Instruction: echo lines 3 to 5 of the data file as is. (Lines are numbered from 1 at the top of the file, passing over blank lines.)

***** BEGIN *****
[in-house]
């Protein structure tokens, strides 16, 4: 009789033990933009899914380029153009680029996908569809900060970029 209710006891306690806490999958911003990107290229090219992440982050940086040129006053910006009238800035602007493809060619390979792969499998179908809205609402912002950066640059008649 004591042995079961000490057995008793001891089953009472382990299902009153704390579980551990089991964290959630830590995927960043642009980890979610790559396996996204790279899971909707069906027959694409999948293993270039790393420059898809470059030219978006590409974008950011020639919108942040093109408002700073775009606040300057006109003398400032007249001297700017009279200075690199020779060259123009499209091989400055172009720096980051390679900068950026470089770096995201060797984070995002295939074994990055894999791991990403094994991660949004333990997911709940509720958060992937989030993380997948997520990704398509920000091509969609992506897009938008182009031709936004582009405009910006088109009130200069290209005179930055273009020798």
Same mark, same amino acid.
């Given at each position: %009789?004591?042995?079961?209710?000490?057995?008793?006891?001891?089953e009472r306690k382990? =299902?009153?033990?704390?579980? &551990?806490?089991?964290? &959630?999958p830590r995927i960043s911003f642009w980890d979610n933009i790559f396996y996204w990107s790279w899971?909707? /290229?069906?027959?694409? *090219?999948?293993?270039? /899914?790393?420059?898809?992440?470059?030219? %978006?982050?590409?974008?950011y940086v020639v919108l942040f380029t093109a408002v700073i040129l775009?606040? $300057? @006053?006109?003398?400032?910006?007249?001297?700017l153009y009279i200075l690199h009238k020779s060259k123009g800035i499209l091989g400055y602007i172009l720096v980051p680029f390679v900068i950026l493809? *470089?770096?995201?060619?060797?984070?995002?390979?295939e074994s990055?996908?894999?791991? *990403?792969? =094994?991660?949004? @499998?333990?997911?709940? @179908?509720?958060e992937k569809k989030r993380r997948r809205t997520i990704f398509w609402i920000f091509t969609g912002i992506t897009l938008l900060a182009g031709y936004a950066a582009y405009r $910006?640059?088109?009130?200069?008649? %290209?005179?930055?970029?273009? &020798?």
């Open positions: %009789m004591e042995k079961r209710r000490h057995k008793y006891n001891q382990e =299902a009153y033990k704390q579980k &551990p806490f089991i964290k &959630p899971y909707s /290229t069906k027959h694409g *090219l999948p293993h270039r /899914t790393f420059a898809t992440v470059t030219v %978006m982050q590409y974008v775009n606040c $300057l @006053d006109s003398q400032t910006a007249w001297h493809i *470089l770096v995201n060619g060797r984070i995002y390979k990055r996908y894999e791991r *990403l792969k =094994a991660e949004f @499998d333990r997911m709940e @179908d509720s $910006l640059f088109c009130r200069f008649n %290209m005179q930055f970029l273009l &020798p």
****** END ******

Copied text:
Same mark, same amino acid.
């Given at each position: %009789?004591?042995?079961?209710?000490?057995?008793?006891?001891?089953e009472r306690k382990? =299902?009153?033990?704390?579980? &551990?806490?089991?964290? &959630?999958p830590r995927i960043s911003f642009w980890d979610n933009i790559f396996y996204w990107s790279w899971?909707? /290229?069906?027959?694409? *090219?999948?293993?270039? /899914?790393?420059?898809?992440?470059?030219? %978006?982050?590409?974008?950011y940086v020639v919108l942040f380029t093109a408002v700073i040129l775009?606040? $300057? @006053?006109?003398?400032?910006?007249?001297?700017l153009y009279i200075l690199h009238k020779s060259k123009g800035i499209l091989g400055y602007i172009l720096v980051p680029f390679v900068i950026l493809? *470089?770096?995201?060619?060797?984070?995002?390979?295939e074994s990055?996908?894999?791991? *990403?792969? =094994?991660?949004? @499998?333990?997911?709940? @179908?509720?958060e992937k569809k989030r993380r997948r809205t997520i990704f398509w609402i920000f091509t969609g912002i992506t897009l938008l900060a182009g031709y936004a950066a582009y405009r $910006?640059?088109?009130?200069?008649? %290209?005179?930055?970029?273009? &020798?």
């Open positions: %009789m004591e042995k079961r209710r000490h057995k008793y006891n001891q382990e =299902a009153y033990k704390q579980k &551990p806490f089991i964290k &959630p899971y909707s /290229t069906k027959h694409g *090219l999948p293993h270039r /899914t790393f420059a898809t992440v470059t030219v %978006m982050q590409y974008v775009n606040c $300057l @006053d006109s003398q400032t910006a007249w001297h493809i *470089l770096v995201n060619g060797r984070i995002y390979k990055r996908y894999e791991r *990403l792969k =094994a991660e949004f @499998d333990r997911m709940e @179908d509720s $910006l640059f088109c009130r200069f008649n %290209m005179q930055f970029l273009l &020798p």